How to Manage Parkinson’s Disease: Lessons From My Cat
I admit it. We are cat people. Cats are more suitable companions for our lifestyle, particularly given the constraints of Parkinson’s disease (PD). Petie is my familiar, and Squeaker is Mrs. Dr. C’s snuggle pal. Relationships with cats are special, especially for anyone with a chronic illness like Parkinson’s.
Petie allows me to be in a relationship with him. This is the first lesson. He was a bit reticent in the first year. We got Petie and Squeaker at the same time. Their former owner had died, and the adoption agency wanted to keep them together in a new home. While neither Petie nor Squeaker exhibited signs of abuse, Petie was the more cautious member of the cat team.
The lesson is that entering a cat’s space takes considerable empathy and patience from both cat and human. Cats will allow humans in when they are ready, and not before. One must be in tune with the cat and the moment. In return, there is unconditional love, loud purring, a flickering of the tail, and a gentle head-butt against my leg.
The second lesson is that cats are creatures of habit. One habit involves eating at the same time every day. Both Petie and Squeaker have become more vocal in bringing empty food bowls to our attention. Early morning, midmorning, early afternoon, late afternoon, and sometimes late-night kibble treats have become routine. Petie’s meals are more like snacks. I, too, find that snacking through the day is preferable to a full-blown, heavy meal when self-managing Parkinson’s digestive issues.
As the Shake It Up Australian Foundation notes, “Research shows that regular exercise helps many people with Parkinson’s disease improve symptoms. Running around with a cat also qualifies as exercise (though of course cats are better known as naptime companions!).”
Petie and I share our most productive four hours during the day. We try to make the most of every minute. Petie’s exercise routine is property perimeter check, population tally of the birds at various feeders, observation of flying bugs, and a quick assessment of the gardens for voles or mice.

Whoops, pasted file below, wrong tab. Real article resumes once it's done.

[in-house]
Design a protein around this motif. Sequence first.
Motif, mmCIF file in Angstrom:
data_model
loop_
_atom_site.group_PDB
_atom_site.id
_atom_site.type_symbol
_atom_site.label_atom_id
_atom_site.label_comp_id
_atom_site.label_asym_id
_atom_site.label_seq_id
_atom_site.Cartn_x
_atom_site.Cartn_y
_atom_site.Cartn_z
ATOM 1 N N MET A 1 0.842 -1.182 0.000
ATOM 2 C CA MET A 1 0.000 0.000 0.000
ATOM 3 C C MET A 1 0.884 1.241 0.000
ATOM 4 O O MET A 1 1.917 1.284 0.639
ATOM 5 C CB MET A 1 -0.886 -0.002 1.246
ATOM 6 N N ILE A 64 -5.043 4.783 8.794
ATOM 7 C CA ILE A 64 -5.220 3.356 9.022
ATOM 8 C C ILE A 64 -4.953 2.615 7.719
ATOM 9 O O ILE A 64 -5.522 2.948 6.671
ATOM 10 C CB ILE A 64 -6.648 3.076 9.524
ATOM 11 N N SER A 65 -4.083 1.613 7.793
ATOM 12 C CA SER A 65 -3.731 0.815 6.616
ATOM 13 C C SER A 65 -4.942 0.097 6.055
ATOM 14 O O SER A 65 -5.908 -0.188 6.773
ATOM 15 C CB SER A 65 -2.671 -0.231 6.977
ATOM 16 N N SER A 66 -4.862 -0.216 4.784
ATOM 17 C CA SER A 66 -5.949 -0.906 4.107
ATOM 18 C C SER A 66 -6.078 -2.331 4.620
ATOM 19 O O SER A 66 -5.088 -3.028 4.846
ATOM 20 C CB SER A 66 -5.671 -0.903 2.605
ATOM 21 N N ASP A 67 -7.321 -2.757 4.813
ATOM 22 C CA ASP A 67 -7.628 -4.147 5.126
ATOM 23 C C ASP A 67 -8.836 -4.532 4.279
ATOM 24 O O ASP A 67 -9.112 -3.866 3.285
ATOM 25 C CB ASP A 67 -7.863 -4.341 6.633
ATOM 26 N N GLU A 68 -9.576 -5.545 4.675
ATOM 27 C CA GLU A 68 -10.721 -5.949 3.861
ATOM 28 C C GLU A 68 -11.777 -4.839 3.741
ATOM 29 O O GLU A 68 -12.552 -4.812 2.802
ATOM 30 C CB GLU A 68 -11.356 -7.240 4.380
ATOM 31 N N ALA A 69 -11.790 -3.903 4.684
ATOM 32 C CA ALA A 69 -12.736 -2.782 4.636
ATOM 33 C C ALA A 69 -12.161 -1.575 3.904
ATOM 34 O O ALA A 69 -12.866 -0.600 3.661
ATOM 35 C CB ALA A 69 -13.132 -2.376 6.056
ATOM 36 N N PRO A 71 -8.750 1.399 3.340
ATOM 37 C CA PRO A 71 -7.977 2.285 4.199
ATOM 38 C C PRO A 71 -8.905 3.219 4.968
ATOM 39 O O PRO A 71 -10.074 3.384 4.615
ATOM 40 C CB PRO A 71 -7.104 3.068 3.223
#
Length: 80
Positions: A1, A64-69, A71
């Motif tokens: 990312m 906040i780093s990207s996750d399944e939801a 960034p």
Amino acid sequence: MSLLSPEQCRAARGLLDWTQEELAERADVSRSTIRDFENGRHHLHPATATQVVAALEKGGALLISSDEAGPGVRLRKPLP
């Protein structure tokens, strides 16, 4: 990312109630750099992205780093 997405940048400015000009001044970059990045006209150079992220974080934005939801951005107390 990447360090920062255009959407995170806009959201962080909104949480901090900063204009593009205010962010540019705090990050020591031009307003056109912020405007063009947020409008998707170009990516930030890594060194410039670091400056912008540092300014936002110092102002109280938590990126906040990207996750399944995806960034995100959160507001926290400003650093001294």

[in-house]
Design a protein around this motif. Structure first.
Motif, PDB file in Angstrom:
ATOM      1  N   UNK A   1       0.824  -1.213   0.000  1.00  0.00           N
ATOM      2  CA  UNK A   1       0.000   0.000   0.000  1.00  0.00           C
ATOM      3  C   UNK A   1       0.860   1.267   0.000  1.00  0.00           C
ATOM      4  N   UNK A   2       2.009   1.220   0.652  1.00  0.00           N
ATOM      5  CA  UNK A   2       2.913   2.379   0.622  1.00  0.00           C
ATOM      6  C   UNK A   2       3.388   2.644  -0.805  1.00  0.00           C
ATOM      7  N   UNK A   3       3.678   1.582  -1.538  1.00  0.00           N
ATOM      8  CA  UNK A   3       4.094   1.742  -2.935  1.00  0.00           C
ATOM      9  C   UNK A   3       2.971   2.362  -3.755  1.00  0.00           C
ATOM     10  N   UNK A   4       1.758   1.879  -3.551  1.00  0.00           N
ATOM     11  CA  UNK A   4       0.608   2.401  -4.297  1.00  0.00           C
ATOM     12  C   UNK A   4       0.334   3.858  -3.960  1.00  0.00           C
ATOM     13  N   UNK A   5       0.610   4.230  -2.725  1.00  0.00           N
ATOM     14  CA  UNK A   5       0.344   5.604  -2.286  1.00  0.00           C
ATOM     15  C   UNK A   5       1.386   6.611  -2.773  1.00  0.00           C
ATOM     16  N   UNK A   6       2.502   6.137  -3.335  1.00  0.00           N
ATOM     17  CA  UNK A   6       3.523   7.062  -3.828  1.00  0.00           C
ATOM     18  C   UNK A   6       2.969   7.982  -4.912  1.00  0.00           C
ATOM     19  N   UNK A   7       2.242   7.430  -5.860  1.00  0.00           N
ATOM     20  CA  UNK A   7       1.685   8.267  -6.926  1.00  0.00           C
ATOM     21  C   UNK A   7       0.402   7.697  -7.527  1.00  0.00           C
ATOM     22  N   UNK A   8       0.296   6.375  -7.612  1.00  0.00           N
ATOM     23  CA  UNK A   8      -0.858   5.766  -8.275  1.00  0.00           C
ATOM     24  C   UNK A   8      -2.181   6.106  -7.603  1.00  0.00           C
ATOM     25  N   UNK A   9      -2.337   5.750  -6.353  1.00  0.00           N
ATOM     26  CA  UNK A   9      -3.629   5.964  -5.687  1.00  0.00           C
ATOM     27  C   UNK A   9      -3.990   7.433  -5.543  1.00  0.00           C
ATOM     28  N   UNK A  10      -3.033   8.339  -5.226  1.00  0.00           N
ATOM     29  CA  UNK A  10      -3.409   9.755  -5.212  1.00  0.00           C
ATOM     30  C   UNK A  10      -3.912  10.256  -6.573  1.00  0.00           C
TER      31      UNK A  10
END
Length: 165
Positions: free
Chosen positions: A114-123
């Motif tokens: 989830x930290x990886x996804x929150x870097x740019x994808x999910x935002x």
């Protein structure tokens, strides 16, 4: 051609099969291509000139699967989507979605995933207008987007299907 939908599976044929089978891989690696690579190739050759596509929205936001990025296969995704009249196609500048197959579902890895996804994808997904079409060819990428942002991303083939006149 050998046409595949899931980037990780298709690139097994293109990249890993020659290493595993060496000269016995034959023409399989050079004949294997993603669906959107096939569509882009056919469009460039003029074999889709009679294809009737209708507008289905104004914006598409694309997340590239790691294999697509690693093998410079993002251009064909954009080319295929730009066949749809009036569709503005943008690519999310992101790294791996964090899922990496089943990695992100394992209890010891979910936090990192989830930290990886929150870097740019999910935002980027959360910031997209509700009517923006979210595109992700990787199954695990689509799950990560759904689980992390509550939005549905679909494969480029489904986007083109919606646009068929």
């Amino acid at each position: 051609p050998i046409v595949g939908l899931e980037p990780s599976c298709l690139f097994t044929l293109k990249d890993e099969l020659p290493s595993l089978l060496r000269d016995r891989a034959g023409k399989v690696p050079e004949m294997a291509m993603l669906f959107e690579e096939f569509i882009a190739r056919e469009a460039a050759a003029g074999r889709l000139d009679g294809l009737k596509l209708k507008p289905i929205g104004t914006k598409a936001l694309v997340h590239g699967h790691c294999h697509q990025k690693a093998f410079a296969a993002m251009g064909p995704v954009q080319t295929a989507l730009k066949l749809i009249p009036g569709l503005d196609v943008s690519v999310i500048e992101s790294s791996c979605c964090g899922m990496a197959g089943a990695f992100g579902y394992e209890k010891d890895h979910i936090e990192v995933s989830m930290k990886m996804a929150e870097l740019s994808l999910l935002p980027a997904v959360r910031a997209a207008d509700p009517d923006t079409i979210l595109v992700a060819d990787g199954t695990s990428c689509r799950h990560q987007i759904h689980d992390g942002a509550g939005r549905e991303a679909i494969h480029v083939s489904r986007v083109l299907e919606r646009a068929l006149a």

He gladly accompanies me if it’s cool enough for me to work outside. Often, he assumes his perch on a stone wall near my working area, all the better to monitor my efforts.
I find that I can perform activities for up to four hours.
The American Parkinson Disease Association has shared the following:
“[H]igh intensity interval training (HIIT) is a form of exercise in which a person performs short periods of extremely demanding physical activity alternating with less intense exercise … with studies showing that it may offer health benefits over exercise performed at a more constant demand level. There have been small studies that this type of regimen has benefits in PD as well.”
Gardening allows me the opportunity to alternate strenuous activity, such as shoveling and hauling gravel, with less strenuous work, like raking. A couple hours in the morning for exercise, and then rest. Another hour in the afternoon, then rest. Petie and I strongly recommend the resting part of the schedule.
Petie is also my teacher for lesson three. Perfectly predictable, without fail, he greets each day with enthusiasm and bounding excitement. He doesn’t sulk in the corner, looking miserable. He isn’t concerned about whether he has any aches or pains or restrictions on moving about. He is simply happy to explore the day.
Lesson four is being available to relax. After running about chasing the errant squirrel population or stalking birds, Petie likes another snack and then a nap. But he doesn’t nap until he’s had his morning full-body massage.
The massage gives him the reassurance that everything is all right. His human is close by. The massage relaxes any pent-up energy. Cats are masters of stress reduction, and I find that my symptoms are more manageable if I can emulate Petie’s quiet space.
The most important lesson I’ve learned from Petie is, “When it’s time to sleep, nothing else matters.” Cats have the admirable ability to fall asleep anywhere, at any time, and in any position.
Restful sleep has become elusive to me most nights. I can’t adhere to a normal sleep schedule of eight hours a night. I’m following Petie’s advice — sleep whenever the body wants to, and in the most comfortable location.
The rewards of a cat-familiar relationship are a healing partnership and good lessons on how to live with Parkinson’s. But not everything is a life lesson; both Petie and I find that there’s always time to chase a butterfly.
Note: Parkinson’s News Today is strictly a news and information website about the disease. It does not provide medical advice, diagnosis, or treatment. This content is not intended to be a substitute for professional medical advice, diagnosis, or treatment. Always seek the advice of your physician or another qualified health provider with any questions you may have regarding a medical condition. Never disregard professional medical advice or delay in seeking it because of something you have read on this website. The opinions expressed in this column are not those of Parkinson’s News Today or its parent company, BioNews, and are intended to spark discussion about issues pertaining to Parkinson’s disease.